The Premier Range is a group of mountains within the Cariboo Mountains of east-central British Columbia, Canada. The range is bounded by the Raush River and Kiwa Creek to the north, the North Thompson River on the south and west and the Fraser River and its tributaries to the east. In 1927, the year of Canada's Diamond Jubilee, it was decided that the names of the higher peaks in this range would be reserved to pay tribute to prime ministers of Canada, prime ministers of the United Kingdom, premiers of the province of British Columbia. In practice, only one British prime minister and one British Columbia premier have been so honoured, recent changes to Canadian geographic naming regulations make it unlikely that any British prime minister or other non-Canadian will receive such an honour in the future; the named summits of the Premier Range are, in order of elevation: Before the Premier Range was selected, many mountains outside this area were named after Canadian prime ministers. Mount Mackenzie, Mount Tupper, Mount Macdonald and Mount Laurier rise over the Canadian Pacific Railway tracks that travel through the Rogers Pass near Golden, British Columbia.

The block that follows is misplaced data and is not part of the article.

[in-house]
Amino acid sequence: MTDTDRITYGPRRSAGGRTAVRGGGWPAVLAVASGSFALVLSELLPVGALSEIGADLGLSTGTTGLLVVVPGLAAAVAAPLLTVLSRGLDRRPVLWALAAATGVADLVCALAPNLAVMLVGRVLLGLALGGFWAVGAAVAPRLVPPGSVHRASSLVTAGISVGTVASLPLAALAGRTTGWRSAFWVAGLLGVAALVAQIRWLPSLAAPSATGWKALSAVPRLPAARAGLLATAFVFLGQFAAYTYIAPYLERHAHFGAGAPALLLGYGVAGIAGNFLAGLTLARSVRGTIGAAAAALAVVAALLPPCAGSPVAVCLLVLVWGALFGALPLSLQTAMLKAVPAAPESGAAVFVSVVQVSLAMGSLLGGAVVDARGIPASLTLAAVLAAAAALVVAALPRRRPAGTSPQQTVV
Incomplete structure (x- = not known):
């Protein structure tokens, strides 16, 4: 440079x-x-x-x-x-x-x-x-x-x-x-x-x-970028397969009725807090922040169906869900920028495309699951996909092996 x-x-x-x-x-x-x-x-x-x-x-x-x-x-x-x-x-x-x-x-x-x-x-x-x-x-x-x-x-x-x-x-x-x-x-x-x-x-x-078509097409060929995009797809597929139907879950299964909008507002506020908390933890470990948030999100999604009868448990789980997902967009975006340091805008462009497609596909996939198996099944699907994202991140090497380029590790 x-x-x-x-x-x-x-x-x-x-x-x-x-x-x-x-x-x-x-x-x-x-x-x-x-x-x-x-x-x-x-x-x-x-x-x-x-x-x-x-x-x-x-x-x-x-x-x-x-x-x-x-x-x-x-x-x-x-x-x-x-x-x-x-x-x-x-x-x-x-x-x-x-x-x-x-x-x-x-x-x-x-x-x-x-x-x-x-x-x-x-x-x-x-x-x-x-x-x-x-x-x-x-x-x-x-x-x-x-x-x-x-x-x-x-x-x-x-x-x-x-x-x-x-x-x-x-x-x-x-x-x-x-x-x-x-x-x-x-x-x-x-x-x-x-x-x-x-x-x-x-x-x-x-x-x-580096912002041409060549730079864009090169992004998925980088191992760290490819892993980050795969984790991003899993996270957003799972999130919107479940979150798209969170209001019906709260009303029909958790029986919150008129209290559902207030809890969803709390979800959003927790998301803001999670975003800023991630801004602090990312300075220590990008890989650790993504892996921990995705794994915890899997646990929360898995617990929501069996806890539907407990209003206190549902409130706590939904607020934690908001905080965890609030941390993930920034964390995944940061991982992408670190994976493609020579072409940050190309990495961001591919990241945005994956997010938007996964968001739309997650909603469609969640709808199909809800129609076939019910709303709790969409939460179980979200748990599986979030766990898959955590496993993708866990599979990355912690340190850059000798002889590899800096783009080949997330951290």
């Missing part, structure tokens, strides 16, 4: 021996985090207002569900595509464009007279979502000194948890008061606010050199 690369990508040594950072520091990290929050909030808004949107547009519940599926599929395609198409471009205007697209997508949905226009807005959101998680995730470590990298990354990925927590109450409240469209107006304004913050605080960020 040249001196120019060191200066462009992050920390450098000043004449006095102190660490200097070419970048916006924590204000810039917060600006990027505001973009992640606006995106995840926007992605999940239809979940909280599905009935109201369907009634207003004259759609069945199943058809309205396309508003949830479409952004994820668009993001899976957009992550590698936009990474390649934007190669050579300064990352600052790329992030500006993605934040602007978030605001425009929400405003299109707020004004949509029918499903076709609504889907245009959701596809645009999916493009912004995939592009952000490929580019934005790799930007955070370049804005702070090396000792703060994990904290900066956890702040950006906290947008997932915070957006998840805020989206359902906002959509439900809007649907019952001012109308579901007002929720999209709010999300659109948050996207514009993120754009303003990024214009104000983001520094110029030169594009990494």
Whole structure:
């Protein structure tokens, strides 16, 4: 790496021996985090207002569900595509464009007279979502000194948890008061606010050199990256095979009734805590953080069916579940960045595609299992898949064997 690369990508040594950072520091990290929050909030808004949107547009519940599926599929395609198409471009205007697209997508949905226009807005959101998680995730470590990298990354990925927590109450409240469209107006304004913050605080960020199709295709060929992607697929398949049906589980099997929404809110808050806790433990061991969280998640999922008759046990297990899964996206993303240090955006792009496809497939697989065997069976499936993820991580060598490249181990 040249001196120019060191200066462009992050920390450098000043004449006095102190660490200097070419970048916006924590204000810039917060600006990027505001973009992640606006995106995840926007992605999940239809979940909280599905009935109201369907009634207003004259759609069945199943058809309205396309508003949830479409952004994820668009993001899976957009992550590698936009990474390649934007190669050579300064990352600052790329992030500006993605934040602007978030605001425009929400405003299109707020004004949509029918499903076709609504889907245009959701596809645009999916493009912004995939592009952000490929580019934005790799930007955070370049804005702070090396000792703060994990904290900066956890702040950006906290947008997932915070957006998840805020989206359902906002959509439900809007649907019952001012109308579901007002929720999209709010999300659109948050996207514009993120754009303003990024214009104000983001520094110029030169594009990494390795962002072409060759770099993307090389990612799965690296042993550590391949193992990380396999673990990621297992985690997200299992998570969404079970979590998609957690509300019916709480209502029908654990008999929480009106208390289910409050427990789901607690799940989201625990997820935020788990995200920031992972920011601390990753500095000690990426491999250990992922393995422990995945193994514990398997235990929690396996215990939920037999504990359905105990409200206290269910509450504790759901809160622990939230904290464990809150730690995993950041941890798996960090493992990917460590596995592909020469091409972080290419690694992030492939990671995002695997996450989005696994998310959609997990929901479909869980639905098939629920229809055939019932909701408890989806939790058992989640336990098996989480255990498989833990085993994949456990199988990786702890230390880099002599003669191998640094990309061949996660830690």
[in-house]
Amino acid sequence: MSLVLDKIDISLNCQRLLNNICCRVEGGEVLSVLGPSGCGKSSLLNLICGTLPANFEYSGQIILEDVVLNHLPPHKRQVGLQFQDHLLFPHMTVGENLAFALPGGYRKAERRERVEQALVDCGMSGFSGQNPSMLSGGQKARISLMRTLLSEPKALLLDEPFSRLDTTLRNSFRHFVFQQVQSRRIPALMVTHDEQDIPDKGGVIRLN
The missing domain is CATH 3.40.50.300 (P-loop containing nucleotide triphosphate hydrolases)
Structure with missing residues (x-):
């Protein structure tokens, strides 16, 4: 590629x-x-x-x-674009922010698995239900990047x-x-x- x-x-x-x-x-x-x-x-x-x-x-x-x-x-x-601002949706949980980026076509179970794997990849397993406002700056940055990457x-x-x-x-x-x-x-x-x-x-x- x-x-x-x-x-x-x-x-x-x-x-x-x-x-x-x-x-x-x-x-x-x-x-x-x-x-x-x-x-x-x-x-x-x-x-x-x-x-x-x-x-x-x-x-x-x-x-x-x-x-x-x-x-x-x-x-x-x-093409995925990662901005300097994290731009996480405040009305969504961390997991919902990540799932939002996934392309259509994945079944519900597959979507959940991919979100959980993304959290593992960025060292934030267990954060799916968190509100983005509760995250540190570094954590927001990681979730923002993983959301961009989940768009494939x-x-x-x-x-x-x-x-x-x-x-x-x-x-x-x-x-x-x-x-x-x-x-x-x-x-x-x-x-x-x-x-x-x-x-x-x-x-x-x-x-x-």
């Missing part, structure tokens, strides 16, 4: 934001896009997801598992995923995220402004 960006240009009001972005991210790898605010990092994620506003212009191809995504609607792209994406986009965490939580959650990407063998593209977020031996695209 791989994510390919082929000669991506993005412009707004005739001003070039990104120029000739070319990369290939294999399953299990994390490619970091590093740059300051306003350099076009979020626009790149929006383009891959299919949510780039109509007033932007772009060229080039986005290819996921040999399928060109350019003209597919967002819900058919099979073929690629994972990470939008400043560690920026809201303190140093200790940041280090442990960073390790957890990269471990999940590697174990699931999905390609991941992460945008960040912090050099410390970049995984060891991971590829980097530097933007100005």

Mount Robert in the Coast Mountains of British Columbia honours Sir Robert Borden. There is a Mount John Diefenbaker in British Columbia named after John Diefenbaker. Other than Laurier, none of these prime ministers have received the honour of having a mountain named for them in the Premier Range. Canadian Mountain Encyclopedia on the Premier Range Place Names in the Canadian Rockies Government of British Columbia Information Services data sheet on Premier Range Mountains of Canada from Canadian Geographic "Premier Range". BC Geographical Names